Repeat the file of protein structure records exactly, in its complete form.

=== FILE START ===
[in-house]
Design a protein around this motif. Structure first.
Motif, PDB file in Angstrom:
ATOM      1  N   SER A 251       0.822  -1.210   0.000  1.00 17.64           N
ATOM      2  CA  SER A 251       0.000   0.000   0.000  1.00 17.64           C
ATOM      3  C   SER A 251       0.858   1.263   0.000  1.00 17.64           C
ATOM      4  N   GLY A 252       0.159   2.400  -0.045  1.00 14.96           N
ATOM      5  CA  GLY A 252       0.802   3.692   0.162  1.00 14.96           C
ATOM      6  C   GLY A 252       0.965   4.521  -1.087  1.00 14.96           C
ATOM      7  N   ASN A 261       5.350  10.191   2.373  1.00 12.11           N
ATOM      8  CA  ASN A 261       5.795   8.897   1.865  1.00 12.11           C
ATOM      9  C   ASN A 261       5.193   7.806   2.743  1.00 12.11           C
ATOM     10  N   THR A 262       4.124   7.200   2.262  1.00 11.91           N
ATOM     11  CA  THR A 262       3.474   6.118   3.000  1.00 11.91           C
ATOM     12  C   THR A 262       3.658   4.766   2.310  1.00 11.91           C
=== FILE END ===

[in-house]
Design a protein around this motif. Structure first.
Motif, PDB file in Angstrom:
ATOM      1  N   SER A 251       0.822  -1.210   0.000  1.00 17.64           N
ATOM      2  CA  SER A 251       0.000   0.000   0.000  1.00 17.64           C
ATOM      3  C   SER A 251       0.858   1.263   0.000  1.00 17.64           C
ATOM      4  N   GLY A 252       0.159   2.400  -0.045  1.00 14.96           N
ATOM      5  CA  GLY A 252       0.802   3.692   0.162  1.00 14.96           C
ATOM      6  C   GLY A 252       0.965   4.521  -1.087  1.00 14.96           C
ATOM      7  N   ASN A 261       5.350  10.191   2.373  1.00 12.11           N
ATOM      8  CA  ASN A 261       5.795   8.897   1.865  1.00 12.11           C
ATOM      9  C   ASN A 261       5.193   7.806   2.743  1.00 12.11           C
ATOM     10  N   THR A 262       4.124   7.200   2.262  1.00 11.91           N
ATOM     11  CA  THR A 262       3.474   6.118   3.000  1.00 11.91           C
ATOM     12  C   THR A 262       3.658   4.766   2.310  1.00 11.91           C